Wednesday night’s Champions League win over Tottenham Hotspur at Wembley kept Juventus’ dreams of winning European football’s premier club competition for a third time alive. With Max Allegri’s team having failed to take an aggregate lead into the second leg in London, it is fair to say they began the evening in the unfamiliar position of slight underdogs to progress to the last eight.
And despite not playing particularly well on the night, the Old Lady showed admirable resilience and togetherness against a high-quality Spurs outfit – before striking twice when it really mattered and defending stoutly for the remainder of the contest. As Giorgio Chiellini pointed out post-match, experience ultimately won through.
Following their narrow escape from what was easily the most closely-fought completed tie of the Round of 16 so far, the Serie A champions now have some breathing space in their quest for club football’s biggest trophy. They can put their feet up, take in the four remaining second legs over the course of the next week, before looking forward to next Friday’s quarter-final draw.
Juve have been here before. For the third time in four seasons under Allegri, the Bianconeri have reached the middle of March with their aspirations on all three fronts still intact. With 12 games of the Serie A season remaining, they are favourites to secure an historic seventh straight Scudetto ahead of Napoli, while a Coppa Italia final date with Milan is also pencilled in for early May.
Remarkably, Allegri still boasts a 100 per cent haul of major domestic trophies since arriving as Old Lady boss in the summer of 2014 – having won every Scudetto and Coppa Italia available during his tenure so far. It is an incredible record for the Tuscan tactician, who has made a complete mockery of initial scepticism of his appointment in the subsequent three-and-a-half years. Although anything can happen in a one-off final, the smart money would be on Juve wrapping up a fourth consecutive domestic double.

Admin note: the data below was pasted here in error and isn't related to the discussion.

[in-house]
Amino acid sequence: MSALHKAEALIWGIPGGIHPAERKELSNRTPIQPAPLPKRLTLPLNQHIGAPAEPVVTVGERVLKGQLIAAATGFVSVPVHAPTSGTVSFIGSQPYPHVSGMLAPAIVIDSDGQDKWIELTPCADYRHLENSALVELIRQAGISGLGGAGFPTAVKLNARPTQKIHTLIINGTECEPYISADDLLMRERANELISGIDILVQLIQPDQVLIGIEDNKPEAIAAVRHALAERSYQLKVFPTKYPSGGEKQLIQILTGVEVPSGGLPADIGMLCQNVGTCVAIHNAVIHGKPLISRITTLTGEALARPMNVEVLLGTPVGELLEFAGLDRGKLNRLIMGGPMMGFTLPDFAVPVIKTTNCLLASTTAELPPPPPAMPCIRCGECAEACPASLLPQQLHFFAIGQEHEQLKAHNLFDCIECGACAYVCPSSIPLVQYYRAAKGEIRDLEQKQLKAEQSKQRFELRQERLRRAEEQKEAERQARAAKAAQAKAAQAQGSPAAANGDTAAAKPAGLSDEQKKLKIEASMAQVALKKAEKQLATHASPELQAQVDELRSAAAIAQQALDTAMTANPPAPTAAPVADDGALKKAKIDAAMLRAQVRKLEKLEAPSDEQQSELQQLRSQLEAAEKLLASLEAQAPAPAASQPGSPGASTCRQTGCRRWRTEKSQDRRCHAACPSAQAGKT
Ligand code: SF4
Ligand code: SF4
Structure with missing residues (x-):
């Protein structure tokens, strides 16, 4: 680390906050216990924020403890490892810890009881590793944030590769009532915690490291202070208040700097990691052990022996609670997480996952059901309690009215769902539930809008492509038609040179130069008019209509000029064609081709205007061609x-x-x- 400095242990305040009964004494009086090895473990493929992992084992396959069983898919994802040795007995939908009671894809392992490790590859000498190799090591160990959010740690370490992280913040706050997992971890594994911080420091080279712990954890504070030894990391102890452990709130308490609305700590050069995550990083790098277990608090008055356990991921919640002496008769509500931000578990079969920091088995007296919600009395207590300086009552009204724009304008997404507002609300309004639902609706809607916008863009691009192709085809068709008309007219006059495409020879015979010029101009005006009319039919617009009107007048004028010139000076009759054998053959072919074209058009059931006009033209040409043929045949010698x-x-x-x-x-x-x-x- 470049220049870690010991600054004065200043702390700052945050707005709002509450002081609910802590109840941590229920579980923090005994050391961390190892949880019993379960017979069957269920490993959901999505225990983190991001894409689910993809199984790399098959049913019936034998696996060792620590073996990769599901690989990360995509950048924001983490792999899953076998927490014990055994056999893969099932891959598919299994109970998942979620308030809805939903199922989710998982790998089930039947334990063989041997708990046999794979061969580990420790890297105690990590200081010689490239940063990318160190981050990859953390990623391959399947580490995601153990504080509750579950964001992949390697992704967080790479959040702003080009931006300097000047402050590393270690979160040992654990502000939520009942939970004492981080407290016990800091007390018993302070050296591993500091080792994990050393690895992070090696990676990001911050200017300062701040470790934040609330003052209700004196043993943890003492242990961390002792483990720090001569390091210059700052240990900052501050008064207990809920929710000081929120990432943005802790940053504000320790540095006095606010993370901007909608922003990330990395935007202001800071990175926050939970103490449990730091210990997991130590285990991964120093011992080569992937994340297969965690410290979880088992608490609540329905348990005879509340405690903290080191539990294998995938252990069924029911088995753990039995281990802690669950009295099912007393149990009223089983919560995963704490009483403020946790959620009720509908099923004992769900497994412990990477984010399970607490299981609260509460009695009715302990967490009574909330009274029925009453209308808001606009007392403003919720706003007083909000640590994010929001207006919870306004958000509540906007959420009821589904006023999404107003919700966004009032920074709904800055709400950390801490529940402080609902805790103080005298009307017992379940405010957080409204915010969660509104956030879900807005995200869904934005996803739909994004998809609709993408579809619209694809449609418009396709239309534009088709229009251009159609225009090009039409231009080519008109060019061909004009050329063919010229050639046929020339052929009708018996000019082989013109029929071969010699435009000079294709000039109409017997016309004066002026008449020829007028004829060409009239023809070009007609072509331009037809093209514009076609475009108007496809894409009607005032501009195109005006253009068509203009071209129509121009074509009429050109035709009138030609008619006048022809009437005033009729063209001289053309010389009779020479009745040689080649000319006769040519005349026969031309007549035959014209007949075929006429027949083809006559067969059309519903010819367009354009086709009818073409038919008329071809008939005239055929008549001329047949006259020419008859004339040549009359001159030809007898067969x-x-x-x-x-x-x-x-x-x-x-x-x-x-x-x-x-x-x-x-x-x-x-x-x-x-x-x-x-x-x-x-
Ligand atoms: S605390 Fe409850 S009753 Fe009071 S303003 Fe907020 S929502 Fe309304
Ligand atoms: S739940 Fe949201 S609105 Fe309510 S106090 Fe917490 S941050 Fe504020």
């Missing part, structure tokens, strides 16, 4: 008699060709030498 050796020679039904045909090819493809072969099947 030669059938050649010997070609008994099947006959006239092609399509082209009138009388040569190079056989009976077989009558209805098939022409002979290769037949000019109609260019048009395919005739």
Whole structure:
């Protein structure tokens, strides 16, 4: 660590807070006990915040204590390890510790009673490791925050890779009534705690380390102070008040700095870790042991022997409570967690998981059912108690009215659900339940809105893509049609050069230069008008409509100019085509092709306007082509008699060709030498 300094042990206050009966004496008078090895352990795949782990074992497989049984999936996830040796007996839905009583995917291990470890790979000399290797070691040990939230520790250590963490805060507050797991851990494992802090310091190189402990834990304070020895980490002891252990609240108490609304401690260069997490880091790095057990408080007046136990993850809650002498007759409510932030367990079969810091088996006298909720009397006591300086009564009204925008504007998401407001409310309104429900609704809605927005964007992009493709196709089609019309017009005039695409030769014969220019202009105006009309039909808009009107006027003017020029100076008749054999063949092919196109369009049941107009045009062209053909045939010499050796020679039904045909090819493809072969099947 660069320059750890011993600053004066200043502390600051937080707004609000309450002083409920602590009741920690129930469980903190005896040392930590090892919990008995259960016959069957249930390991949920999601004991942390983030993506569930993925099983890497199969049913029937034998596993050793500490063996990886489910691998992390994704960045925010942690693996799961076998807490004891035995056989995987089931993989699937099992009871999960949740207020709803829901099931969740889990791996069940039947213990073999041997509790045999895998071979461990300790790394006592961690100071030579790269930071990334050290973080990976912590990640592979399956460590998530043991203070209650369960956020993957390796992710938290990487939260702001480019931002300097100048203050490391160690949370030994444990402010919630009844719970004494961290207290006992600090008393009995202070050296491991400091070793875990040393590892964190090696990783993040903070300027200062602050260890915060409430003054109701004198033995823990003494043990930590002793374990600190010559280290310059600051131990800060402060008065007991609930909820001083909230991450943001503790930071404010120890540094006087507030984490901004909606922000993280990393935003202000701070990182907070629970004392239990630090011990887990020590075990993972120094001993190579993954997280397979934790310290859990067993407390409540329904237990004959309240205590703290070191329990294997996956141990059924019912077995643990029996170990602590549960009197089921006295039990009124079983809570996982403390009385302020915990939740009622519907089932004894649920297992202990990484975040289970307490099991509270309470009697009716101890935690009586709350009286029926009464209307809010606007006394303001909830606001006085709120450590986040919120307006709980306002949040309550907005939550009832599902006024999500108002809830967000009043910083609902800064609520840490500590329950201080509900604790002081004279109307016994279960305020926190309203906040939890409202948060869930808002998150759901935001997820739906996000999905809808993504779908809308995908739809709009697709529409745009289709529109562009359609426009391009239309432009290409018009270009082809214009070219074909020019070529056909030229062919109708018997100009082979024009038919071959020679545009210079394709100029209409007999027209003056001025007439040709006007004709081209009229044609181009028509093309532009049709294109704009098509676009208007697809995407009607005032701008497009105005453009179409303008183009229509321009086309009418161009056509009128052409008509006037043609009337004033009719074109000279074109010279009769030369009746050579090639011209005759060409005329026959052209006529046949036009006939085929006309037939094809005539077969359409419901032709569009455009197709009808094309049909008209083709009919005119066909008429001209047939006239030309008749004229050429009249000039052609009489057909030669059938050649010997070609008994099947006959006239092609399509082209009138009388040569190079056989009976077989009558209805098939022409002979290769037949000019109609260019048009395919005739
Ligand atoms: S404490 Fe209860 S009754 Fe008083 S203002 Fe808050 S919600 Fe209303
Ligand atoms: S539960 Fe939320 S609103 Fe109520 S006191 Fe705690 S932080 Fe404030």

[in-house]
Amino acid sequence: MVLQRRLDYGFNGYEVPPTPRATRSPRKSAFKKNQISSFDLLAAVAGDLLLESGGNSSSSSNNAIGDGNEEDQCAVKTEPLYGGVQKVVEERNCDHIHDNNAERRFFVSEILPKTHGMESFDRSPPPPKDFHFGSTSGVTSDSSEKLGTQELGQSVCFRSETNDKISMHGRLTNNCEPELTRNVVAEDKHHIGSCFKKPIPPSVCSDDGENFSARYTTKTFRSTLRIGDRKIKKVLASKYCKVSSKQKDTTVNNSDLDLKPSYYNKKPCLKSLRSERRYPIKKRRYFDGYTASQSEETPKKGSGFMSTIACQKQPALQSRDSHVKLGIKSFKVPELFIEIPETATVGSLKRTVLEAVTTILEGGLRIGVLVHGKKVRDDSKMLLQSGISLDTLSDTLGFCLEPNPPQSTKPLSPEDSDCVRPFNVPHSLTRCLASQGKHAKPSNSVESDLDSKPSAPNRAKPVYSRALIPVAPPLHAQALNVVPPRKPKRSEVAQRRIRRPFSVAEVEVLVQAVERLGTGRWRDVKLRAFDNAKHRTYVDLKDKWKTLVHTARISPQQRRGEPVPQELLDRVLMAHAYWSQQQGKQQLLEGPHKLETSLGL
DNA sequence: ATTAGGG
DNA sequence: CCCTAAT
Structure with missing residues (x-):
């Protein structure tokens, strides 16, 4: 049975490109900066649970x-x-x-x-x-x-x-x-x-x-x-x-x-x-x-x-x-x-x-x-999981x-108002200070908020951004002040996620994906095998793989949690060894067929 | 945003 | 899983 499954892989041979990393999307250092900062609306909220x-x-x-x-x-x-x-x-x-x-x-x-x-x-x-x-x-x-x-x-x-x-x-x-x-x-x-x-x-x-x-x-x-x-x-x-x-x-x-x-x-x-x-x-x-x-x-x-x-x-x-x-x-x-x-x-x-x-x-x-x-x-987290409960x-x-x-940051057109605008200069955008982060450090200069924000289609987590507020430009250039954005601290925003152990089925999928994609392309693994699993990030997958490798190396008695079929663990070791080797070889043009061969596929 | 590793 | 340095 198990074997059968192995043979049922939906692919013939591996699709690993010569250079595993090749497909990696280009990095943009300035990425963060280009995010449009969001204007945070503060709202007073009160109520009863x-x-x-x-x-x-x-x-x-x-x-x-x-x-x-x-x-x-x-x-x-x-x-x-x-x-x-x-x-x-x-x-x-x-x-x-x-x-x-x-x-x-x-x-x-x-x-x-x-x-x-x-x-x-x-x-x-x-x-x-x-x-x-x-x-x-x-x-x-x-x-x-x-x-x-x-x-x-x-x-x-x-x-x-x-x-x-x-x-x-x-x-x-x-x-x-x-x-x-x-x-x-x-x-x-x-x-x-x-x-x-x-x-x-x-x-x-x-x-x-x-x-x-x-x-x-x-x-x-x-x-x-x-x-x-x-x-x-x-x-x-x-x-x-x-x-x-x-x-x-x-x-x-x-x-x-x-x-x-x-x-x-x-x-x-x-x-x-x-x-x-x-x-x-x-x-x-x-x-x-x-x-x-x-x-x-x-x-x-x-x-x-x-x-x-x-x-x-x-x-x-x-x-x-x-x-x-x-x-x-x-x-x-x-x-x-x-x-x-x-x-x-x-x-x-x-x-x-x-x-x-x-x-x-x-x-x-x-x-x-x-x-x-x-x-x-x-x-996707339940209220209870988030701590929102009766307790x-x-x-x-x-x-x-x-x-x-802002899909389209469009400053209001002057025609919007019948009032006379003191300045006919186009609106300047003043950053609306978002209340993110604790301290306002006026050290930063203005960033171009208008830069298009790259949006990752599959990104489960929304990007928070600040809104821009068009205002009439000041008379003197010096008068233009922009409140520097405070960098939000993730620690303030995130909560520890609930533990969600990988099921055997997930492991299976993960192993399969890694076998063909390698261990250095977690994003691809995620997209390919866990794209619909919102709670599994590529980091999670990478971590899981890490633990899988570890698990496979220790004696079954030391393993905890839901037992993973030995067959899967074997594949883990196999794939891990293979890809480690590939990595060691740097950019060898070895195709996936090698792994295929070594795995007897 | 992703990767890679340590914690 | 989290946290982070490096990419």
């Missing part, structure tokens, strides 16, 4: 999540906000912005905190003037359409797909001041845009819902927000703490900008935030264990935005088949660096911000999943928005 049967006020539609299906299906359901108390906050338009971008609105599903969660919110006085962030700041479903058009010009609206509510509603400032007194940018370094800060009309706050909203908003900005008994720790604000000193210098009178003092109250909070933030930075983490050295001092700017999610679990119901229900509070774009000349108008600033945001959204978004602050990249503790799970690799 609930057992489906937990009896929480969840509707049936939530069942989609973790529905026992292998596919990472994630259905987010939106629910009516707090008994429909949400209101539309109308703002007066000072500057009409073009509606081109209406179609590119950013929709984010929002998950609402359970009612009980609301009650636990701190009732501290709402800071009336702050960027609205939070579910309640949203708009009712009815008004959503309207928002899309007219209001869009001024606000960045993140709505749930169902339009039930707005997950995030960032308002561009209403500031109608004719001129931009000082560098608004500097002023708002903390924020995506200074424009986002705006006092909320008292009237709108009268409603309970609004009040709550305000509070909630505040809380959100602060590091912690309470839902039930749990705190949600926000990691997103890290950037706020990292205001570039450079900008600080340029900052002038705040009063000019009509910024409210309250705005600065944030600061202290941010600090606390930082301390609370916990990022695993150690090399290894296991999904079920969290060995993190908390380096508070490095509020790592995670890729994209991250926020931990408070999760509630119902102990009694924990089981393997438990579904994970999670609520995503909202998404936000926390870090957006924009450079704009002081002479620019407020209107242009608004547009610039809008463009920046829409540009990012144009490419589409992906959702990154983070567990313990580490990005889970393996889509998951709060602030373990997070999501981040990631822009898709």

However, as has been the case ever since Antonio Conte restored Juve as calcio’s dominant force, what Bianconeri followers crave more than anything else is to be crowned European champions for a third time. And on paper at least, it appears a far tougher ask than at any point in Allegri’s reign for the Turin club to finally go one step further and complete a Treble after two near misses.
Holders Real Madrid appear to have a vice-like grip on the trophy they have won 12 times in total and three times in the last four years – including last season’s final against the Old Lady. Barcelona, if they can progress against Chelsea, and Bayern Munich will also present formidable obstacles to Juve’s hopes, but it is the renewed strength of the English clubs which means the playing field is far more fraught with dangerous opponents than in recent years gone by. Spurs, the side who pushed Juve so close on Wednesday, are only fourth in the Premier League, with Manchester City, Manchester United and Liverpool all remaining in the competition.
Another significant difference between Juve’s treble hunt this season and those of 2014-15 and 2016-17 could come in the form of a genuine Serie A title race. In years gone by, the Bianconeri have had the Scudetto all but sewn up heading into the closing weeks of the campaign, leaving them free to focus all their efforts on Champions League glory.
This time around, such has been the relentless extent of Napoli’s form that Allegri’s team have had to win their last 10 League matches just to hold the slenderest of advantages as the run-in approaches. Despite last week’s loss to Roma, if Maurizio Sarri’s side continue as they have been, they will force Juve to juggle domestic and European priorities in a way they have never had to before.
And yet, it would be foolish to write them off. In winning at Wembley, Juventus once more demonstrated their supreme mentality and invaluable ability to emerge victorious even when not at their best. That hunger to win that, by their own admission, was missing in the early part of the season is back and here to stay as the stakes continue to rise.
Though it is against the odds, two Champions League final appearances in the past three years would suggest Allegri is on the right track to finally bring an end to 22 years of hurt in the competition. If anyone can do it, the former Milan Coach can.
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